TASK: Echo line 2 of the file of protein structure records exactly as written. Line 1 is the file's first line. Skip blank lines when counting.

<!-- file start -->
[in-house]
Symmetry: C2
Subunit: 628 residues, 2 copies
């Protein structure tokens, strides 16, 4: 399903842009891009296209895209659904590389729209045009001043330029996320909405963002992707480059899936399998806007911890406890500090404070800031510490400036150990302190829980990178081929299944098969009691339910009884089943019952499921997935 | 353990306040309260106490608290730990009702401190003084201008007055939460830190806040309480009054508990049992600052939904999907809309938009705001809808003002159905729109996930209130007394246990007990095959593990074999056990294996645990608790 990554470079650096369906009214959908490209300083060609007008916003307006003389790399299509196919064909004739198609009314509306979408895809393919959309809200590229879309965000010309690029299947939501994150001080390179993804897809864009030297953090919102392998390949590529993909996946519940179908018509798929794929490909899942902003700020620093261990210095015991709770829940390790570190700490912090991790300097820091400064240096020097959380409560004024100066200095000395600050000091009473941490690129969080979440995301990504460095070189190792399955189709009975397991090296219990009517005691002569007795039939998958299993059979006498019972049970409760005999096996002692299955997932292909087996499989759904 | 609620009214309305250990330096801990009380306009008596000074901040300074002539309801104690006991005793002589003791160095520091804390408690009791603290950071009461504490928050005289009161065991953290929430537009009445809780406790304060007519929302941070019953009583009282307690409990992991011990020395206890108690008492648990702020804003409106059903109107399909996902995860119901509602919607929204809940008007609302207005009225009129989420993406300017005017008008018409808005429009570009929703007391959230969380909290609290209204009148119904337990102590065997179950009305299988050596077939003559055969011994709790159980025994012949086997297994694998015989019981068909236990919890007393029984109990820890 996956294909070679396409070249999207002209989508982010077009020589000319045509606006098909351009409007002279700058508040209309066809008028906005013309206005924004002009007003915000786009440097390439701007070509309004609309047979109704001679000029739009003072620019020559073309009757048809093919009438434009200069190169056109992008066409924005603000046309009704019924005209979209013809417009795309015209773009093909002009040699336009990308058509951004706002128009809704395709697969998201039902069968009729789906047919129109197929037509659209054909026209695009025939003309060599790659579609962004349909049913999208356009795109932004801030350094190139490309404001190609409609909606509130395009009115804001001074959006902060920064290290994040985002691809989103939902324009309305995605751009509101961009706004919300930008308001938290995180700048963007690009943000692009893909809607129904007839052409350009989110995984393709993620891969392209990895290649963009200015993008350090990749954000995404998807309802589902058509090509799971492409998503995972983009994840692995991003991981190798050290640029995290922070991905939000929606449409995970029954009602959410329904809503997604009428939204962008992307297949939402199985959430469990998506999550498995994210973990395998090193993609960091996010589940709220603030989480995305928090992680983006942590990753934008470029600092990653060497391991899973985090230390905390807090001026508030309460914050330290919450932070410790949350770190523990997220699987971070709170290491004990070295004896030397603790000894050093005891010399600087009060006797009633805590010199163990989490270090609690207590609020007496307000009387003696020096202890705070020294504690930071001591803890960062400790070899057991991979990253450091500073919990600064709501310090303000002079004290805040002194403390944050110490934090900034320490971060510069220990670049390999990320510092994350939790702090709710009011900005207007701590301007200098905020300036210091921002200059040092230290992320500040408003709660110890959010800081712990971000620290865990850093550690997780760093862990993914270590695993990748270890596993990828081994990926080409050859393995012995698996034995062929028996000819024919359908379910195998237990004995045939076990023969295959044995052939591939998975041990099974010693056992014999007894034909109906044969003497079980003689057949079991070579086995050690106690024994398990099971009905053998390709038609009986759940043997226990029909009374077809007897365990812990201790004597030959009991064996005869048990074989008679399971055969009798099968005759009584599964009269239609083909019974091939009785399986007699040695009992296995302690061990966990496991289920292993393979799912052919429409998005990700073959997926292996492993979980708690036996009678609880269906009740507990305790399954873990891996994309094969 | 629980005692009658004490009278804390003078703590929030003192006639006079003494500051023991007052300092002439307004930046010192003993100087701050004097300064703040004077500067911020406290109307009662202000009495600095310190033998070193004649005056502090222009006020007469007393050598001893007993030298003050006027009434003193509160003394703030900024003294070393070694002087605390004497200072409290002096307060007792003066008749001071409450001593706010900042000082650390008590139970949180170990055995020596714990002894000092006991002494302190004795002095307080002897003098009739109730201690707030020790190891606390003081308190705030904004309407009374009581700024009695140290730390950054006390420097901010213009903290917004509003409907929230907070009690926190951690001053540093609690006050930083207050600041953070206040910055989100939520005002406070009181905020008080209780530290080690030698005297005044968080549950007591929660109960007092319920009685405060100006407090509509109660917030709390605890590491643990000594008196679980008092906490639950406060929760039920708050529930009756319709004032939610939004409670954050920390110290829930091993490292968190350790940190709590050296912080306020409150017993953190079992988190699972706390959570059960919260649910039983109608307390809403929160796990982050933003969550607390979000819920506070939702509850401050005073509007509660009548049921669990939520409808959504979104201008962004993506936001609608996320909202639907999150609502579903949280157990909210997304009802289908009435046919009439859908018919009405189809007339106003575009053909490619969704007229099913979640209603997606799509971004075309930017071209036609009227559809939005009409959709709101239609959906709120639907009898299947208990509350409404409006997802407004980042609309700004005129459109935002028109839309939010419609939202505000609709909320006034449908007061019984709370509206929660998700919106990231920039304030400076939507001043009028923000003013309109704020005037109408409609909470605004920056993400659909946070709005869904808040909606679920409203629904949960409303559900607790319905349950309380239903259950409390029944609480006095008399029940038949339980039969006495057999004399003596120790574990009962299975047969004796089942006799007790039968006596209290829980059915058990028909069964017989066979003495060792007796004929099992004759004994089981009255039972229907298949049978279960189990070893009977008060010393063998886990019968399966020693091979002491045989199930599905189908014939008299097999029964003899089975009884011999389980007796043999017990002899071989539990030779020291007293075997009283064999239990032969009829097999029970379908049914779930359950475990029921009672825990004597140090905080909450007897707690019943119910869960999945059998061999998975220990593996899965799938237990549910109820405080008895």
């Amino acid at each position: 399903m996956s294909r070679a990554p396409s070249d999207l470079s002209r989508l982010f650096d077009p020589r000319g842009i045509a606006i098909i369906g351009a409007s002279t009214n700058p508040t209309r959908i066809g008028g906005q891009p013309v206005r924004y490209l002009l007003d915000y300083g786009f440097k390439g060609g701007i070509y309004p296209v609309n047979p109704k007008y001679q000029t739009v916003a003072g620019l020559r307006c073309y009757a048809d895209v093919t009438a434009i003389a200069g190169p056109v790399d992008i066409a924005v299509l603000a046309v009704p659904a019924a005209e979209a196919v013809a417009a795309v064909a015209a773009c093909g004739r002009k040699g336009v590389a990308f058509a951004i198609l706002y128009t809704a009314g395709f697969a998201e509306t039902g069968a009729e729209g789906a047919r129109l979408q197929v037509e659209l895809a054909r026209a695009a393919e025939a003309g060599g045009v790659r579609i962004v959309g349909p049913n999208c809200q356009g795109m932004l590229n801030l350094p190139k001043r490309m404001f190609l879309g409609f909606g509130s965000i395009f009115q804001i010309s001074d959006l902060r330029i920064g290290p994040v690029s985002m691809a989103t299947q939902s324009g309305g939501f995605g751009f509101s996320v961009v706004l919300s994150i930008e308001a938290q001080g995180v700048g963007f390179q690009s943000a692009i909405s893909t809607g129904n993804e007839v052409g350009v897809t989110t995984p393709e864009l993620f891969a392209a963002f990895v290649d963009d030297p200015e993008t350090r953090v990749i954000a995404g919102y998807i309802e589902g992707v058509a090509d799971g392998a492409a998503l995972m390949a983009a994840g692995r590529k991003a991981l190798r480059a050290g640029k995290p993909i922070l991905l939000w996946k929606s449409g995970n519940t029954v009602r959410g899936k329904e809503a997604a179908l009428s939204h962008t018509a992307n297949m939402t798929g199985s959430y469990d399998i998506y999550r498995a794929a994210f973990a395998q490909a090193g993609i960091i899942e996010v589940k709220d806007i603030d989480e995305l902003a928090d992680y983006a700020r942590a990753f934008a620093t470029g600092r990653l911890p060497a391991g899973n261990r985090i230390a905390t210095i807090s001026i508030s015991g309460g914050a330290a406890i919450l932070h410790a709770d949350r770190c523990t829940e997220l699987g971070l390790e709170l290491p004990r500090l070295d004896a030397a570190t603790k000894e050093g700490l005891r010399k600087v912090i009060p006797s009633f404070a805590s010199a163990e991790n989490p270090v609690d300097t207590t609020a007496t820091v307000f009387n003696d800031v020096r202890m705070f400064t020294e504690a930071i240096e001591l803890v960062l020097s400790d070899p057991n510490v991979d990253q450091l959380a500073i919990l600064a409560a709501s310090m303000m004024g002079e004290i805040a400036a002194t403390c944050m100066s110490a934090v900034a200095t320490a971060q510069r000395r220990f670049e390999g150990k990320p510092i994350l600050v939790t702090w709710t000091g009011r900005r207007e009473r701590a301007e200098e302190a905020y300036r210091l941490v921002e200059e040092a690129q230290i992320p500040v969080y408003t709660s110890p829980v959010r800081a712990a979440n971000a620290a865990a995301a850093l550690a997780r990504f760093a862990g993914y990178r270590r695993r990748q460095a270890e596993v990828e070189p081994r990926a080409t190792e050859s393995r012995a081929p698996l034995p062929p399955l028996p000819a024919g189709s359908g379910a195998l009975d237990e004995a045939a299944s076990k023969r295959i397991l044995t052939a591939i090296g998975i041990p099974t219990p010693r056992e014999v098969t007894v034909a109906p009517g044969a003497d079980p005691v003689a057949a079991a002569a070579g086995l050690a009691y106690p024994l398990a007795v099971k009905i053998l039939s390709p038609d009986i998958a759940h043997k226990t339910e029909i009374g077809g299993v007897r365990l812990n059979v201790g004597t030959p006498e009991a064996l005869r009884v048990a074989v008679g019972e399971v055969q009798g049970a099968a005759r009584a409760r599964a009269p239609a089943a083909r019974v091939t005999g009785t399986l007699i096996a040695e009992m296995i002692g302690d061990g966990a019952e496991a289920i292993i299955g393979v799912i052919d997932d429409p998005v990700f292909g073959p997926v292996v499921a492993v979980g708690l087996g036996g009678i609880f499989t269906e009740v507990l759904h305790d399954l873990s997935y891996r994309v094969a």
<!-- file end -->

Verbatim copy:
Symmetry: C2